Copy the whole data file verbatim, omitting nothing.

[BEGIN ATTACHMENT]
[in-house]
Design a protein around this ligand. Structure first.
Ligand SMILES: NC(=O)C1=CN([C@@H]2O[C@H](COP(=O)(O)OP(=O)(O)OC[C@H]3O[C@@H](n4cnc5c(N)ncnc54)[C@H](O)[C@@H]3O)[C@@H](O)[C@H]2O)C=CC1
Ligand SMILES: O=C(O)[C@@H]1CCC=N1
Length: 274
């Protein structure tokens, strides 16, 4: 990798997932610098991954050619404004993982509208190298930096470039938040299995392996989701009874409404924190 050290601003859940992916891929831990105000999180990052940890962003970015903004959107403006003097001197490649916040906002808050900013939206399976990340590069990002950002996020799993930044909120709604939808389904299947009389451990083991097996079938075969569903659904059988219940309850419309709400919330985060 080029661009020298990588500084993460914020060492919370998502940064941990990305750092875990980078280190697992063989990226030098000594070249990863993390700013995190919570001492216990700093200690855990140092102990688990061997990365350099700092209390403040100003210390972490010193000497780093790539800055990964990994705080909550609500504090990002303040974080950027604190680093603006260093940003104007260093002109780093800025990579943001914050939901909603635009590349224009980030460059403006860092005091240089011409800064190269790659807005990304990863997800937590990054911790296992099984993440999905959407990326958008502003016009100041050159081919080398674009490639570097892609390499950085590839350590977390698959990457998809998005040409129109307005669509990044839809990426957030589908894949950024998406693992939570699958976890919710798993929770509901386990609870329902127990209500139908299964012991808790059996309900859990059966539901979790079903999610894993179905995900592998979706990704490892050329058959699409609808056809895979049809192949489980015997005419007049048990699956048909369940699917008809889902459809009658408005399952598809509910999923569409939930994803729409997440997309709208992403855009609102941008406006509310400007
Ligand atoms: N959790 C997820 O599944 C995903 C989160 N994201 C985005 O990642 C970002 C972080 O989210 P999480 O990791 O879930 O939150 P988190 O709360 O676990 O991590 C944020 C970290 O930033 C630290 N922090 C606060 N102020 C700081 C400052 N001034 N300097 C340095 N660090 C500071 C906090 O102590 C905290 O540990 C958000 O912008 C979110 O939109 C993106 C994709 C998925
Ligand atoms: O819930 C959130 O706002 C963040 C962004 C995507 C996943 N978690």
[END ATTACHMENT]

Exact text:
[in-house]
Design a protein around this ligand. Structure first.
Ligand SMILES: NC(=O)C1=CN([C@@H]2O[C@H](COP(=O)(O)OP(=O)(O)OC[C@H]3O[C@@H](n4cnc5c(N)ncnc54)[C@H](O)[C@@H]3O)[C@@H](O)[C@H]2O)C=CC1
Ligand SMILES: O=C(O)[C@@H]1CCC=N1
Length: 274
């Protein structure tokens, strides 16, 4: 990798997932610098991954050619404004993982509208190298930096470039938040299995392996989701009874409404924190 050290601003859940992916891929831990105000999180990052940890962003970015903004959107403006003097001197490649916040906002808050900013939206399976990340590069990002950002996020799993930044909120709604939808389904299947009389451990083991097996079938075969569903659904059988219940309850419309709400919330985060 080029661009020298990588500084993460914020060492919370998502940064941990990305750092875990980078280190697992063989990226030098000594070249990863993390700013995190919570001492216990700093200690855990140092102990688990061997990365350099700092209390403040100003210390972490010193000497780093790539800055990964990994705080909550609500504090990002303040974080950027604190680093603006260093940003104007260093002109780093800025990579943001914050939901909603635009590349224009980030460059403006860092005091240089011409800064190269790659807005990304990863997800937590990054911790296992099984993440999905959407990326958008502003016009100041050159081919080398674009490639570097892609390499950085590839350590977390698959990457998809998005040409129109307005669509990044839809990426957030589908894949950024998406693992939570699958976890919710798993929770509901386990609870329902127990209500139908299964012991808790059996309900859990059966539901979790079903999610894993179905995900592998979706990704490892050329058959699409609808056809895979049809192949489980015997005419007049048990699956048909369940699917008809889902459809009658408005399952598809509910999923569409939930994803729409997440997309709208992403855009609102941008406006509310400007
Ligand atoms: N959790 C997820 O599944 C995903 C989160 N994201 C985005 O990642 C970002 C972080 O989210 P999480 O990791 O879930 O939150 P988190 O709360 O676990 O991590 C944020 C970290 O930033 C630290 N922090 C606060 N102020 C700081 C400052 N001034 N300097 C340095 N660090 C500071 C906090 O102590 C905290 O540990 C958000 O912008 C979110 O939109 C993106 C994709 C998925
Ligand atoms: O819930 C959130 O706002 C963040 C962004 C995507 C996943 N978690």